Cannabis and Chronic Diseases          

In recent years there has been an astronomical increase in chronic illness, especially in the younger generation. Roughly, six out of every ten Americans have a chronic disease. Not only does this put a huge toll on the quality of Americans lives, but it is also making a massive impact on healthcare cost.

Doctors are prescribing more, and more medication to treat one symptom after another. But what if I told you there may be a better solution out there? A substance that does not require the user to take additional medication to treat the side effect of the first. Cannabinoids, a natural compound found in marijuana, can restore balance to our endocannabinoid system, which frequently leads to illness when imbalanced.

What is the Endocannabinoid system?

The Endocannabinoid System’s (ECS) primary objective is to keep our body in or as close to homeostasis as possible. Our body naturally produces cannabinoids, referred to as endocannabinoids, “endo,” meaning from within or internally.

The endocannabinoids interact with CB1 and CB2 receptors, which can be found “throughout the body: in the brain, organs, connective tissues, glands, and immune cells.” Although the ECS has a primary objective of hemostasis, it plays a role in various actions and pathways in almost all areas of the human body. For instance, it assists in the reduction of inflammation and healing of wounds but also influences our behavior by acting upon neurotransmitters, like dopamine and serotonin.

It is essential to recognize that the ECS communicates with every cell type and “its complex actions in our immune system, nervous system, and all of the body’s organs, is literally a bridge between body and mind.” It is evident that the ECS performs a crucial role in our health, and the more about this fascinating system that is discovered only more good things are bound to prosper for our healthcare system.

What is a Chronic Disease?

Before we dive into how deficiency within the ECS can lead to disease, it is necessary to understand what chronic disease is and how it is defined. According to the Center for Disease Control and Prevention, a chronic illness is a “conditions that last 1 year or more and require ongoing medical attention or limit activities of daily living or both.” This includes ailments like heart disease, diabetes, cancer, obesity, and Alzheimer’s disease, just to name a few.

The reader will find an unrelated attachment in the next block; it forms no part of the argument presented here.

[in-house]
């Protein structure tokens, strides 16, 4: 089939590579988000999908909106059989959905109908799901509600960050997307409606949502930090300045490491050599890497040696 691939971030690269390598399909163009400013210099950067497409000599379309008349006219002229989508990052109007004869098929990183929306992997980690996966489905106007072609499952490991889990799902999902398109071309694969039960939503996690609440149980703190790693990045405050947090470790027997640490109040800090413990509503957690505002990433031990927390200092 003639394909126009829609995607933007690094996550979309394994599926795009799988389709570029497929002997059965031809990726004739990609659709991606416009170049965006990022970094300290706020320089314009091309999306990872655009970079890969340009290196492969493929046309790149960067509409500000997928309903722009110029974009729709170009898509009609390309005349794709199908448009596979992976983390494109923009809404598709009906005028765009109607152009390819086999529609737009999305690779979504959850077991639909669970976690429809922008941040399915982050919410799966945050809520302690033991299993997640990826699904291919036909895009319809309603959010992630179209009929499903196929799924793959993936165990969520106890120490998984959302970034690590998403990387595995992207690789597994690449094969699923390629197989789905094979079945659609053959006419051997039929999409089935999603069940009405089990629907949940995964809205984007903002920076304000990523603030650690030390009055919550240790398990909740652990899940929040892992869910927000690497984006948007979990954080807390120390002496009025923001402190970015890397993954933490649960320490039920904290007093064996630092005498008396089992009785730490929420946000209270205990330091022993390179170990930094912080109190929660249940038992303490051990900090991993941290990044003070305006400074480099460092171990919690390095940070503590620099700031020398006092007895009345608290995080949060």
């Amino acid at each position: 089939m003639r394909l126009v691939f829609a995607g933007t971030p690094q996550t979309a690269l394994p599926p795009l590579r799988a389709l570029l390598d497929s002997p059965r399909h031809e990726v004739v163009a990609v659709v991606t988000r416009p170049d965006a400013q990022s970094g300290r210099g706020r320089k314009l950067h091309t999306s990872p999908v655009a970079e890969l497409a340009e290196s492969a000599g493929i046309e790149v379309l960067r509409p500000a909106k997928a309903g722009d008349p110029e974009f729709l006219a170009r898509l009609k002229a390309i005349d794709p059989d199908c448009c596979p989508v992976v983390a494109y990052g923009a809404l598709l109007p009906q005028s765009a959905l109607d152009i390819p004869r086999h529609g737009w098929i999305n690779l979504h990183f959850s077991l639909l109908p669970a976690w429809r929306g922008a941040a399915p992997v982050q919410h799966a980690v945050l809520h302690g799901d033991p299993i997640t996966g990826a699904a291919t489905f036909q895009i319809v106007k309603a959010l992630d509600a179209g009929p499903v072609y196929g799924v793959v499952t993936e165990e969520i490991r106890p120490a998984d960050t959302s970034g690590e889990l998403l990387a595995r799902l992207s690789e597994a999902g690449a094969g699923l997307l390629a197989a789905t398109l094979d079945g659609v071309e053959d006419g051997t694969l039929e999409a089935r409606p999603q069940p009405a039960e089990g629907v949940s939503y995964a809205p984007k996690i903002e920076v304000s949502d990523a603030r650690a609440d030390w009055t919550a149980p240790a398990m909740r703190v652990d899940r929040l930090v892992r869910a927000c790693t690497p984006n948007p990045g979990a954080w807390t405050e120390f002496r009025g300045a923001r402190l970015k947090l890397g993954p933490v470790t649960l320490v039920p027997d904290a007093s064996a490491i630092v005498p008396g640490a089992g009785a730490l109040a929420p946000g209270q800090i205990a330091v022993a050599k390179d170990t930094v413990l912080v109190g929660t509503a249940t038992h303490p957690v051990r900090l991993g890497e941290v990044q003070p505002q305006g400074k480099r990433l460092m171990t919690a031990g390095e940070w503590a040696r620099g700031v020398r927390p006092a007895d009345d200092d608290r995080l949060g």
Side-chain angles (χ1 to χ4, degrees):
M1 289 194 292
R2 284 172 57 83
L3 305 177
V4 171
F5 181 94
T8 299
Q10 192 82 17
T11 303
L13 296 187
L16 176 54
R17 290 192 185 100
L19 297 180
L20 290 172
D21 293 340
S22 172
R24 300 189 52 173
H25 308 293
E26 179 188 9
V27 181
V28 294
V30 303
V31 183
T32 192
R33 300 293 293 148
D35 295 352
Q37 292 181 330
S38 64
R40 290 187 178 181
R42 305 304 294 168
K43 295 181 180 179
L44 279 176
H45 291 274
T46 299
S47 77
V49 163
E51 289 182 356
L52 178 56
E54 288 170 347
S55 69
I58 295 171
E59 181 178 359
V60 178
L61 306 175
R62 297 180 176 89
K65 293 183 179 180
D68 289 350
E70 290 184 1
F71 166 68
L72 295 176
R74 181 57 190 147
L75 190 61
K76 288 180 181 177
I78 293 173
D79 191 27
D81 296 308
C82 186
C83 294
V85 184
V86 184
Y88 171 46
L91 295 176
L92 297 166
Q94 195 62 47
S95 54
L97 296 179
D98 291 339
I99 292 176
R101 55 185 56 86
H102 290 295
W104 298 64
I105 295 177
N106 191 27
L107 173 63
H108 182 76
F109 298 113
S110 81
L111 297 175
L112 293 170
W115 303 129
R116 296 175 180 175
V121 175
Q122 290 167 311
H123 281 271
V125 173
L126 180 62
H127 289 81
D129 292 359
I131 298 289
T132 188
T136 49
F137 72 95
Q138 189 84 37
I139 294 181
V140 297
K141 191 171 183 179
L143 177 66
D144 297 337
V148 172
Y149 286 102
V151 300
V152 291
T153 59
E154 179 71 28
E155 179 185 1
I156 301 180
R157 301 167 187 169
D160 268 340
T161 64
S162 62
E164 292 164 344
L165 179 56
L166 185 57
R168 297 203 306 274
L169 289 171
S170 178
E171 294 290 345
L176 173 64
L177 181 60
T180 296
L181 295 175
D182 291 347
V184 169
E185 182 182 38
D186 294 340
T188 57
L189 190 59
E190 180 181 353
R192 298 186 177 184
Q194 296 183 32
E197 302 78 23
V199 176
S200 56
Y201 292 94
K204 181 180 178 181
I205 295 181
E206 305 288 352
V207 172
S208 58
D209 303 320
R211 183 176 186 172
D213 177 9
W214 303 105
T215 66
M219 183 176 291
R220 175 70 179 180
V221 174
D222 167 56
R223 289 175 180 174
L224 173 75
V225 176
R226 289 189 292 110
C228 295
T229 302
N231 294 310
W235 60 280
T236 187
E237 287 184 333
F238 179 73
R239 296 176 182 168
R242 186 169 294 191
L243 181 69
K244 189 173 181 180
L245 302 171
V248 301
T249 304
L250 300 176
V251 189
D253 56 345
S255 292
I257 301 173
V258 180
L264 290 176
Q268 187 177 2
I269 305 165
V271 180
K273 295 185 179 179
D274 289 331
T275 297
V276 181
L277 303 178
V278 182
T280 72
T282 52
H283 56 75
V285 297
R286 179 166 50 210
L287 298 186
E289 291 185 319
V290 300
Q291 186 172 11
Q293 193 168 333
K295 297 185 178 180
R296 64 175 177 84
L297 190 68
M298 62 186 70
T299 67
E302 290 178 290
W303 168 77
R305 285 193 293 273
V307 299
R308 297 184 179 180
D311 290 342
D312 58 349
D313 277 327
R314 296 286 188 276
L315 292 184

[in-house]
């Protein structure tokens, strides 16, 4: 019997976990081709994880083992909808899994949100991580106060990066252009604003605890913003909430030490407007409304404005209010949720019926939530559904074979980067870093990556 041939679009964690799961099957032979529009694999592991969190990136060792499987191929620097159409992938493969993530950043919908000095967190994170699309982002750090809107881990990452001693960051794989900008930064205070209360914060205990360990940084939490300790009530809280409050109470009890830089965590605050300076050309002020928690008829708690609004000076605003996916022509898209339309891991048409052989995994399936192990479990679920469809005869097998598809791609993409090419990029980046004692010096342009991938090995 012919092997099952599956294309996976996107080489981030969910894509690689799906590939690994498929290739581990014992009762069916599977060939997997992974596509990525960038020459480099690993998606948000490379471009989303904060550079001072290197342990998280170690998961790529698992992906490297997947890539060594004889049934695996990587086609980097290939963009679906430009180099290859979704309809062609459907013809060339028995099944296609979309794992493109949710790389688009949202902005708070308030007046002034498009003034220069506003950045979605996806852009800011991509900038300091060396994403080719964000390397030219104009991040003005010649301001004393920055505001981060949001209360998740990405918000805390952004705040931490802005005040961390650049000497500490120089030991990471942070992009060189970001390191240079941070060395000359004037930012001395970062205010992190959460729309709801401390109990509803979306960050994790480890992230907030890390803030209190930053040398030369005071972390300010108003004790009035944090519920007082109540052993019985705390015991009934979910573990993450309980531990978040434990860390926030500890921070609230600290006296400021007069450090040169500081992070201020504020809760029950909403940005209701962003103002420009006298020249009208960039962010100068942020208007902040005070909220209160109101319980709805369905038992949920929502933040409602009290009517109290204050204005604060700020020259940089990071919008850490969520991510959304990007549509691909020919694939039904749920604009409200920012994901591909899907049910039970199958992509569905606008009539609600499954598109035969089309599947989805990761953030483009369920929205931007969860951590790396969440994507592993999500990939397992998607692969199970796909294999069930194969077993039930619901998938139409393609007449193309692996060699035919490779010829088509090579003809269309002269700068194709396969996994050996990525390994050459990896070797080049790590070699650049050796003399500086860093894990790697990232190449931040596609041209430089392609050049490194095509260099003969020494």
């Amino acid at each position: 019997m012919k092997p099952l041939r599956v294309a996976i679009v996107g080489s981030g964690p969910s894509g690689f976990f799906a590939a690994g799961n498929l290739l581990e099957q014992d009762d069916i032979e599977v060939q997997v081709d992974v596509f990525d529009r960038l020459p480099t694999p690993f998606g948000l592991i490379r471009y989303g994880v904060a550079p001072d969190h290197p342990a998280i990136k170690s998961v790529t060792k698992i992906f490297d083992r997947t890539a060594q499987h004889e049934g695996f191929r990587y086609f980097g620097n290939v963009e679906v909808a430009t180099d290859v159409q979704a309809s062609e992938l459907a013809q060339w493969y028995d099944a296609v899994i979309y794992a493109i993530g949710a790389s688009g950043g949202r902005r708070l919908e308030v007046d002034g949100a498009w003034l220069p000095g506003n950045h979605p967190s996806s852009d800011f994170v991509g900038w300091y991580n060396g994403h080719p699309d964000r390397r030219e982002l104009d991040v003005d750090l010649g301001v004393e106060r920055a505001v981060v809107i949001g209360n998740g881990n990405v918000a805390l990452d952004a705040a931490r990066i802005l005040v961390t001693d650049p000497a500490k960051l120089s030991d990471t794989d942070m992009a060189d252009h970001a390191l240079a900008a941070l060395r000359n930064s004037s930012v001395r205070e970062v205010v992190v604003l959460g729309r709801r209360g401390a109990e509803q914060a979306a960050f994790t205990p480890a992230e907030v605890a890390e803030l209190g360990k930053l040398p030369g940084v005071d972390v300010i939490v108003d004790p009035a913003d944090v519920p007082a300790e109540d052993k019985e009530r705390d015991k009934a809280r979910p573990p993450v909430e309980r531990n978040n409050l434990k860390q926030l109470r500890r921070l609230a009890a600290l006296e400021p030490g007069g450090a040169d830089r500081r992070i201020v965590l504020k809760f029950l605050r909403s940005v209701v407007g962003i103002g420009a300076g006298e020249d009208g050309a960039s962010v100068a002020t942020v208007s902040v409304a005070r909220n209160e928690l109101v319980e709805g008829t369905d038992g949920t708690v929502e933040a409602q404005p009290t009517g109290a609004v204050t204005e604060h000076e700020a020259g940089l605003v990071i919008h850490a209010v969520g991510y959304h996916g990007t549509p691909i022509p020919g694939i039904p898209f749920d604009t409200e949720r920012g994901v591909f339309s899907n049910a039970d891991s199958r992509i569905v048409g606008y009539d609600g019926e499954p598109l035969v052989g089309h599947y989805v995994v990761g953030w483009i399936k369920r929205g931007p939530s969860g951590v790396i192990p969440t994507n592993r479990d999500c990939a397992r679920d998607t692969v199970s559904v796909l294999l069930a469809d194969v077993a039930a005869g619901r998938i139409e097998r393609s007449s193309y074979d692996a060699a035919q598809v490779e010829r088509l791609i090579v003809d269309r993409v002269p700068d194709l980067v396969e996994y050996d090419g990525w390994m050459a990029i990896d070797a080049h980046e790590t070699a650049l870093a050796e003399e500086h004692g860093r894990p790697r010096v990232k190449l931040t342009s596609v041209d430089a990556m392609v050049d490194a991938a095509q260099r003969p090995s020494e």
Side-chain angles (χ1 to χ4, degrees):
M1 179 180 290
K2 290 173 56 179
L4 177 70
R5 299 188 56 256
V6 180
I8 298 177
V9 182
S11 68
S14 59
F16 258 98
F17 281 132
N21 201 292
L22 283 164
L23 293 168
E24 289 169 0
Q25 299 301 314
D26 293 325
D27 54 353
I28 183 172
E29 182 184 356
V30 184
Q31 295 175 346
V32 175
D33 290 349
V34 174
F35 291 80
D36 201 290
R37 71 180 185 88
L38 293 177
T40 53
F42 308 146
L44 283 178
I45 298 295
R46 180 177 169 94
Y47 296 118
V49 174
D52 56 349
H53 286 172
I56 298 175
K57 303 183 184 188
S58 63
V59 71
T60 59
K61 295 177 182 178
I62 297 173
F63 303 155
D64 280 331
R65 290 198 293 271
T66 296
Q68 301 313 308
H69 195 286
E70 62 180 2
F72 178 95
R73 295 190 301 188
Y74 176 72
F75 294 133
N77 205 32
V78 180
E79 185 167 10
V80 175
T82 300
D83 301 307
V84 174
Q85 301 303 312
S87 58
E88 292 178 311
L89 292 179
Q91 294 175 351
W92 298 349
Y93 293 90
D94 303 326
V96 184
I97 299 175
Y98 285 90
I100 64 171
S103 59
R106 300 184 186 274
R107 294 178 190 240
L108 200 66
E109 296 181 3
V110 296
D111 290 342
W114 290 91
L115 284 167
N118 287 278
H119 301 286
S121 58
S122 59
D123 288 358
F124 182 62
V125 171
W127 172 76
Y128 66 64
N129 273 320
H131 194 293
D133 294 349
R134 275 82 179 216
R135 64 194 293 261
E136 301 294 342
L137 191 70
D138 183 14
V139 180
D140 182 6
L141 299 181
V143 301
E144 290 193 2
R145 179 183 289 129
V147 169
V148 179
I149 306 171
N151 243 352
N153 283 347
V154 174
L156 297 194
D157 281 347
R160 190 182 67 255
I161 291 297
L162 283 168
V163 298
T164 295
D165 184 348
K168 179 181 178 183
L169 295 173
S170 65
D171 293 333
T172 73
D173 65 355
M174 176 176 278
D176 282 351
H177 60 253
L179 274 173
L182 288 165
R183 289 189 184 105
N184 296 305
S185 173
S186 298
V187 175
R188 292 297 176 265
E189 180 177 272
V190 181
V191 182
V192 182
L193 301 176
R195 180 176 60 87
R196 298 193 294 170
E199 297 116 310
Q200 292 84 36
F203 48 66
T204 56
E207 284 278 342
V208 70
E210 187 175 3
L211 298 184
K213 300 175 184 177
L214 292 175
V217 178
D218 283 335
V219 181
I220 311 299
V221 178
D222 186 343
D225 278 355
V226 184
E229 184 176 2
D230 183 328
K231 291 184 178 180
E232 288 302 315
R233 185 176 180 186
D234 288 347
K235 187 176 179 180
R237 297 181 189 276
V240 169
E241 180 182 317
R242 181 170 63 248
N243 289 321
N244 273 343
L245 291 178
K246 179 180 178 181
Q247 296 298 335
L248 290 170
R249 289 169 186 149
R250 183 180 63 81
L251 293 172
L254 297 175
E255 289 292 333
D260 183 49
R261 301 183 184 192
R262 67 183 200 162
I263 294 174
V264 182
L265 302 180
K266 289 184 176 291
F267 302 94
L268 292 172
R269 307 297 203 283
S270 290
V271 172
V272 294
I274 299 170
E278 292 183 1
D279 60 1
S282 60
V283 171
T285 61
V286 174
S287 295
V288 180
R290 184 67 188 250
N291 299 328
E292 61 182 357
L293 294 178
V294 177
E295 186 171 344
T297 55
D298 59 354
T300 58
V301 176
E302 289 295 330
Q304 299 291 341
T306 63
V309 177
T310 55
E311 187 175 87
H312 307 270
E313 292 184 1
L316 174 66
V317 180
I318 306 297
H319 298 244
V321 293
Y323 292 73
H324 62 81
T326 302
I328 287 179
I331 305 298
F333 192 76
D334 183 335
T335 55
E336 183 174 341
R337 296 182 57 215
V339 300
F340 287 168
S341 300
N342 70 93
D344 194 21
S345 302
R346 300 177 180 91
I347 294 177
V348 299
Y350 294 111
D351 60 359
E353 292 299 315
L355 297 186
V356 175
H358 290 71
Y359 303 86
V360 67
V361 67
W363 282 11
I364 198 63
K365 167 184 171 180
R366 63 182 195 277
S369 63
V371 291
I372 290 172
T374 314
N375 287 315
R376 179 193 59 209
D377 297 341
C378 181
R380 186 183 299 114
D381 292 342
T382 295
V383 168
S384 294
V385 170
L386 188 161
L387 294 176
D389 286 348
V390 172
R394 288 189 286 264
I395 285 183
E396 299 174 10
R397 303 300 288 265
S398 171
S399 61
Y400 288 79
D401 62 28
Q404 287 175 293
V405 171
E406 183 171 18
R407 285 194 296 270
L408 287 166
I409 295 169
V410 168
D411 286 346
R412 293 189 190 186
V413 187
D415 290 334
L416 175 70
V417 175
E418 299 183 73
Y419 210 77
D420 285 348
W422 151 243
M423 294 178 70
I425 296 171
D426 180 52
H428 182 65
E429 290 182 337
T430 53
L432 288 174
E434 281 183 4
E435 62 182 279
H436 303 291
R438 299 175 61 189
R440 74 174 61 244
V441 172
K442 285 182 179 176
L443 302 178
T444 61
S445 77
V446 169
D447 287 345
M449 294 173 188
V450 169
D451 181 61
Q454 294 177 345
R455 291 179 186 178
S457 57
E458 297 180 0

How Does Endocannabinoid Deficiency Lead to Chronic Illness?

            As previously stated, the ECS is essential to maintaining numerous “body processes.” When the ECS is unbalanced, it leads to the development of diseases. It is believed that this is a result of our bodies not producing a sufficient number of endocannabinoids for normal function to occur. Clinical endocannabinoid deficiency was first introduced by Dr. Ethan Russin in 2004 while studying the reasoning behind the illness, such as “migraine, fibromyalgia, irritable bowel syndrome and other treatment-resistant conditions.”

How Can the Endocannabinoid System Be Balanced?

Dr. Ethan Russin concluded that clinical endocannabinoid deficiency can be treated by consumption of cannabinoids from outside sources, such as cannabis. The cannabinoids found in marijuana, interact with the ECS in a similar way that the endocannabinoids naturally found in our bodies do. Cannabinoids, such a CBD, block CB2 receptors, which in turn inhibits the production of the enzyme that break them down. This reaction results in an increase in the endocannabinoids available, thus restoring balance in the ECS.

The rise of chronic disease is a serious problem among all generations that needs to be examined by all. The use of cannabinoids, like CBD and CBN, is an excellent option for many patients, as it does not typically produce adverse side effects, it is easily accessible, and extremely affordable compared to conventional treatment methods prescribed by physicians. Despite the fact that there is still a lot to be learned about the ECS, it is indisputable that the use of cannabinoids is beneficial for individuals with chronic illness.